At any rate, this weekend I decided to try to make the gray tom hungry enough to at least go somewhere else for a while (a person can dream of a yowl-less life, can’t she?), so when I fed the cats I took a cup of hot tea with me, and sat on the back porch while the inner circle ate. (The inner circle includes the black tom. When he first showed up in our back yard, he was half dead and three quarters starved, and eyed me with with a look that suggested that he expected me to kick him but he didn’t care, because he was past caring. I made it a project to teach him that not all people are monsters. We are now quite the friends, thank you very much.)

It was a warmish day, for this time of year, and I sallied forth to guard duty without a coat. As I sat on the deck, and drank my tea, a few things became apparent. One was that it wasn’t quite warm enough to be sitting out there in a sweatshirt but no jacket. Another was that, without doubt, my allergies to cats are getting more severe. When the cats decided to abandon eating to come rub against me, I got up to walk around the yard. To my surprise, the apple tree has hints of ragged pale green on some tips. It’s not what I would call buds, but it’s getting there.

Some robins came by, and the air was alive with birdsong from all quarters.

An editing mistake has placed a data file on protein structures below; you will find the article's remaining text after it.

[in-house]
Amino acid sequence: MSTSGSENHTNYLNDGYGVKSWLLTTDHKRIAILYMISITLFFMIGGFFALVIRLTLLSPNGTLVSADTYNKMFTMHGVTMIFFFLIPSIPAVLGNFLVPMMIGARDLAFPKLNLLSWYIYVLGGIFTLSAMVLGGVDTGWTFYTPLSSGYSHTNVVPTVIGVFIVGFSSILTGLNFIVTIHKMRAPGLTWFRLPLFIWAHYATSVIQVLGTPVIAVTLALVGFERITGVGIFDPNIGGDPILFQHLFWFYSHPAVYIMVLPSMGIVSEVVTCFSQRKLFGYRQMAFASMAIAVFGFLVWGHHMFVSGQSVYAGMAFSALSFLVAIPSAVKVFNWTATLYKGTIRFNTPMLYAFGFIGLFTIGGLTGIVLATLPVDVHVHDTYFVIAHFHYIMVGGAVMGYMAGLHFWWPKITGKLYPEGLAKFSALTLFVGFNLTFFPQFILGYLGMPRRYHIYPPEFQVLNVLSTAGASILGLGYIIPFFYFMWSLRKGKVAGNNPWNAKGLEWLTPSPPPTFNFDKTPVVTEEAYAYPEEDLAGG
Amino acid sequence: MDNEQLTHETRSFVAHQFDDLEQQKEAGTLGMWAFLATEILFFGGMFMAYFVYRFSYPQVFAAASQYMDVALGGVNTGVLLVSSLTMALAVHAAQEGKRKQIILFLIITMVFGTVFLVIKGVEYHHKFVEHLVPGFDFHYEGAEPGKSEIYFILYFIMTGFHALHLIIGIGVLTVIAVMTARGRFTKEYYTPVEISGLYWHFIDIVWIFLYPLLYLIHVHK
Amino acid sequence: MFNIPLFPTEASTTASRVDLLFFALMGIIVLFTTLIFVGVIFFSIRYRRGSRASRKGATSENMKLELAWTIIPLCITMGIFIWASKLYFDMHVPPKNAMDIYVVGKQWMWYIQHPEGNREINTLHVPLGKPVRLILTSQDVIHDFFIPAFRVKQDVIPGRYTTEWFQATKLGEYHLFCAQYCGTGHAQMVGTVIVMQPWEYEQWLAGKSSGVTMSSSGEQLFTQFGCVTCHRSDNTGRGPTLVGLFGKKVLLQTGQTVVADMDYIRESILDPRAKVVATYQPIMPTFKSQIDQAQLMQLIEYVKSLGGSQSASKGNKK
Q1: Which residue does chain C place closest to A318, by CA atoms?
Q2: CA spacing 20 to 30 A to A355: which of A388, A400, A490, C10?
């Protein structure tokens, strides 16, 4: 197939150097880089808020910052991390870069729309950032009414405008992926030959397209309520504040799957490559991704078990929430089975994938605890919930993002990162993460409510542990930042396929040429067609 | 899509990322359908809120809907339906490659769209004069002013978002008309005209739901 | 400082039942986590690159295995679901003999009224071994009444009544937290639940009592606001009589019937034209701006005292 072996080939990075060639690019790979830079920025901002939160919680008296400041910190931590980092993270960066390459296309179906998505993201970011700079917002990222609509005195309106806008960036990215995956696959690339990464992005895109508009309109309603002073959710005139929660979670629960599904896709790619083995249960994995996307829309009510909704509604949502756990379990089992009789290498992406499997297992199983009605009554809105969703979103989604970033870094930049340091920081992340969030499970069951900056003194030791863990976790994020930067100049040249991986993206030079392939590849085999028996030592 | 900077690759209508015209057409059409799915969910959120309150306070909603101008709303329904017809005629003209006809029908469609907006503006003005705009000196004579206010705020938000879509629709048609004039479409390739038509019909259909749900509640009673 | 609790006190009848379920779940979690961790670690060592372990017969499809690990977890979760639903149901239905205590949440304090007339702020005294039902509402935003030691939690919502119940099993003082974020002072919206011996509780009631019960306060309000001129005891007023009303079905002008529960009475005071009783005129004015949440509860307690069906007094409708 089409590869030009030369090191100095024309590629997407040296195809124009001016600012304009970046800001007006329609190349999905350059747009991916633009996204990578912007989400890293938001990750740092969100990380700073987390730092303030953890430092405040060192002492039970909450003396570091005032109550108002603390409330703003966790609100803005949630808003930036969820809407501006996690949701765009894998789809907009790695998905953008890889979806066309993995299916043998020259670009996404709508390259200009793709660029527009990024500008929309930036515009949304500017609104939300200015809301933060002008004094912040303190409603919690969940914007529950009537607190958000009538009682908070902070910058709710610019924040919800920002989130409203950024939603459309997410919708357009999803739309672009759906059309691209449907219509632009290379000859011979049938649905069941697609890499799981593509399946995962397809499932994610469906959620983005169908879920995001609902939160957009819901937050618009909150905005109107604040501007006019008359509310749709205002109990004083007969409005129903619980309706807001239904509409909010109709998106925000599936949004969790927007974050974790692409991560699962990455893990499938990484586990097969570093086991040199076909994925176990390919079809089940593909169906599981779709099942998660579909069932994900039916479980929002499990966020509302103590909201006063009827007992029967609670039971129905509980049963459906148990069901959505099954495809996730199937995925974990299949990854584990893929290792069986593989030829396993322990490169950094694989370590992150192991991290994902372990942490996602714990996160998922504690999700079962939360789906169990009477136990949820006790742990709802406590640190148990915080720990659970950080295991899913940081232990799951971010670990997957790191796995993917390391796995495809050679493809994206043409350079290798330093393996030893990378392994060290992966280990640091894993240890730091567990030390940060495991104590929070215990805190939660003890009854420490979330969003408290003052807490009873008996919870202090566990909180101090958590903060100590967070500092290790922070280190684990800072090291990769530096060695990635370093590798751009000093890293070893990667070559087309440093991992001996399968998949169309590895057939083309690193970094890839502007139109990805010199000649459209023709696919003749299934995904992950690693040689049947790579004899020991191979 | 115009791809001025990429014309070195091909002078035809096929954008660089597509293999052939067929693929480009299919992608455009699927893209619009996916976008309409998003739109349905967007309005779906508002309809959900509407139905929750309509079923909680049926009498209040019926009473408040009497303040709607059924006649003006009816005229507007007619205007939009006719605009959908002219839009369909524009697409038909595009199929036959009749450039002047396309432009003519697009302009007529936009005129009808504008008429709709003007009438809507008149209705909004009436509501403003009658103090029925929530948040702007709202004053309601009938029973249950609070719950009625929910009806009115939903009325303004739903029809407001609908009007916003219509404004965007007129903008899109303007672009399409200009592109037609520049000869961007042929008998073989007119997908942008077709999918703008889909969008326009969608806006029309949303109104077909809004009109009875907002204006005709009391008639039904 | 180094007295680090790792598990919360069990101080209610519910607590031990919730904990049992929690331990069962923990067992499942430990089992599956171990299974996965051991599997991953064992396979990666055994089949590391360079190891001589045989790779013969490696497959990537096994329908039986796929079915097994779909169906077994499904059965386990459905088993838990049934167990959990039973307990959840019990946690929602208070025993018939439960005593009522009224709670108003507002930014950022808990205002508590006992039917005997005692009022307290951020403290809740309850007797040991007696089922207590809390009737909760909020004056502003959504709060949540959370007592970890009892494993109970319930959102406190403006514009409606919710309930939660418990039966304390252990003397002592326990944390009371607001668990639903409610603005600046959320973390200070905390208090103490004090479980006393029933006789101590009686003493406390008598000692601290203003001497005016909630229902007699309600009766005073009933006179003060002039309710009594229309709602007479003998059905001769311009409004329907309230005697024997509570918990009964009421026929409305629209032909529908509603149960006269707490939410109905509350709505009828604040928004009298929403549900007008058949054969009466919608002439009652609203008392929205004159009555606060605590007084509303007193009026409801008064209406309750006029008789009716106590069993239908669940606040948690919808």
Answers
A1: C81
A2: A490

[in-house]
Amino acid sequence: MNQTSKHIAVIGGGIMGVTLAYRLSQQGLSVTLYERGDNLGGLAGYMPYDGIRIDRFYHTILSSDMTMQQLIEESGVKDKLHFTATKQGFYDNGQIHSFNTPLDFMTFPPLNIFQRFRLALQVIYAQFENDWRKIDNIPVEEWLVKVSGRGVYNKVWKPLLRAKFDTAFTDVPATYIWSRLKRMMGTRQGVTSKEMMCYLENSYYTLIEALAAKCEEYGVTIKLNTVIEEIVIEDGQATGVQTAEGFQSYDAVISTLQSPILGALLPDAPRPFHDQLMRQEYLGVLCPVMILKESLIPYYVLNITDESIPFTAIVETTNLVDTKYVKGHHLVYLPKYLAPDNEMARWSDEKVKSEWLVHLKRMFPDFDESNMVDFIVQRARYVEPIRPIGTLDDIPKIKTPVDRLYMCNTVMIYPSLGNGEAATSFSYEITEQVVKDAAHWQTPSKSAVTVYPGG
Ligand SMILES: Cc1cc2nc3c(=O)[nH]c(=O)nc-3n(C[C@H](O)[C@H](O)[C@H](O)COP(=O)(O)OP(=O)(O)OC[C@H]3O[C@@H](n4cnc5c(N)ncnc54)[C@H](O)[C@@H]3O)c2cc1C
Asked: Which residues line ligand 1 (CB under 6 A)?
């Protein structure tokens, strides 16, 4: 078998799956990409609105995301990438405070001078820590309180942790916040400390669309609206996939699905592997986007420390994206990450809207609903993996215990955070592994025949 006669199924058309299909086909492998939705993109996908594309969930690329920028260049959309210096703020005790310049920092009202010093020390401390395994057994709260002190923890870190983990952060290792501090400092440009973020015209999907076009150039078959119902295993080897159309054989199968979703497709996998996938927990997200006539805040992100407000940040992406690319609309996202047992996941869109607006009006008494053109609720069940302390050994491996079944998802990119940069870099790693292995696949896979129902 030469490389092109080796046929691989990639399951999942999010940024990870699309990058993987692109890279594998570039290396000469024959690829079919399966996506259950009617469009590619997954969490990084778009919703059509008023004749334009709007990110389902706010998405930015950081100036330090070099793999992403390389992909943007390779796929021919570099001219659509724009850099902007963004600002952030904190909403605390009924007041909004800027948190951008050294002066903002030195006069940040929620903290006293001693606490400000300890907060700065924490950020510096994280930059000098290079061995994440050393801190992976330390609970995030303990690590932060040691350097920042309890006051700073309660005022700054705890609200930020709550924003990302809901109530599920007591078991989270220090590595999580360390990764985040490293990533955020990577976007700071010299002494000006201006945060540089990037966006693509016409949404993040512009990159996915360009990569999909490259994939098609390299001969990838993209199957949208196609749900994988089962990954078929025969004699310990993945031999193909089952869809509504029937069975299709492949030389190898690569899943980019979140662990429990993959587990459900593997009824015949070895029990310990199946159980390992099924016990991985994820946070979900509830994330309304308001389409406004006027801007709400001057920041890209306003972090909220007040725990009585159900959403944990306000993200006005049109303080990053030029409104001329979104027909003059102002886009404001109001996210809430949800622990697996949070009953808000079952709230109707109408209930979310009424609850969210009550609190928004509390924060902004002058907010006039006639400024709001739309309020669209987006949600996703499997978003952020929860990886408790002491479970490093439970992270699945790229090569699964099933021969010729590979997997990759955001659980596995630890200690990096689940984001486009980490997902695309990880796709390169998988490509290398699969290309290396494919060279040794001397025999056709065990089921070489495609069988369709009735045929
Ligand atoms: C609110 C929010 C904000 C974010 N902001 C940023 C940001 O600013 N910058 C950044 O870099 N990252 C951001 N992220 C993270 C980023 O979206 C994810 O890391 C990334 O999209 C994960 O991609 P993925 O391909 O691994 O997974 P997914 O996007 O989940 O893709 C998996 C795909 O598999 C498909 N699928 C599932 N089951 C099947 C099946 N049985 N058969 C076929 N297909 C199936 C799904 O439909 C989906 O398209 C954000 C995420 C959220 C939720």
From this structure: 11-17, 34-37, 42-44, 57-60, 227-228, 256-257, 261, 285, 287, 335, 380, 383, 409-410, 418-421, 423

We sometimes have one or two robins in deep winter, but there have been more coming in lately, to where they are a daily sight. The birdsong has changed over the last few weeks, too. In winter, I hear mostly bird calls of the ‘I’m here, where are you?’ variety, and other such utilitarian messages, with the occasional scold at predators. Now, mixed in with those, sometimes drowning them out, are actual songs, from birds of many types declaring that they’re just busting out with life.

The air, although it hardly smells like spring, no longer smells entirely of winter.

Yay! Not that I don’t like winter, but I am ready for spring. It’s a few weeks off yet, I know, but there are signs it’s moving closer, which is good enough for me, for February. (I know February is shorter than other months, and I know the days are getting longer, but it doesn’t generally feel that way. The trees have been bare too long, or something, and the skies too gray, or something.)

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Author Lisa Harris shares some of what she’s learned about book publishing. Newbie or wannabe authors might want to take a look. (She also recommends a freelance editor she’s worked with, if you’re looking for an editor.)

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This article is mostly about how threats to gun ownership convinced an ex-leftist-radical couple to join the NRA and get a gun (in that order), but it also has a nice vignette of a feminist-pacifist-minded mother coming to grips with raising boys.

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The folks at CatholicVote.com have my thanks for making this ad.

As of post time, it’s had 1,447,445 views at YouTube.

hat tip: The CatholicVote.com blog

(Cross-posted at Ladies for Life and Judson’s Corral.)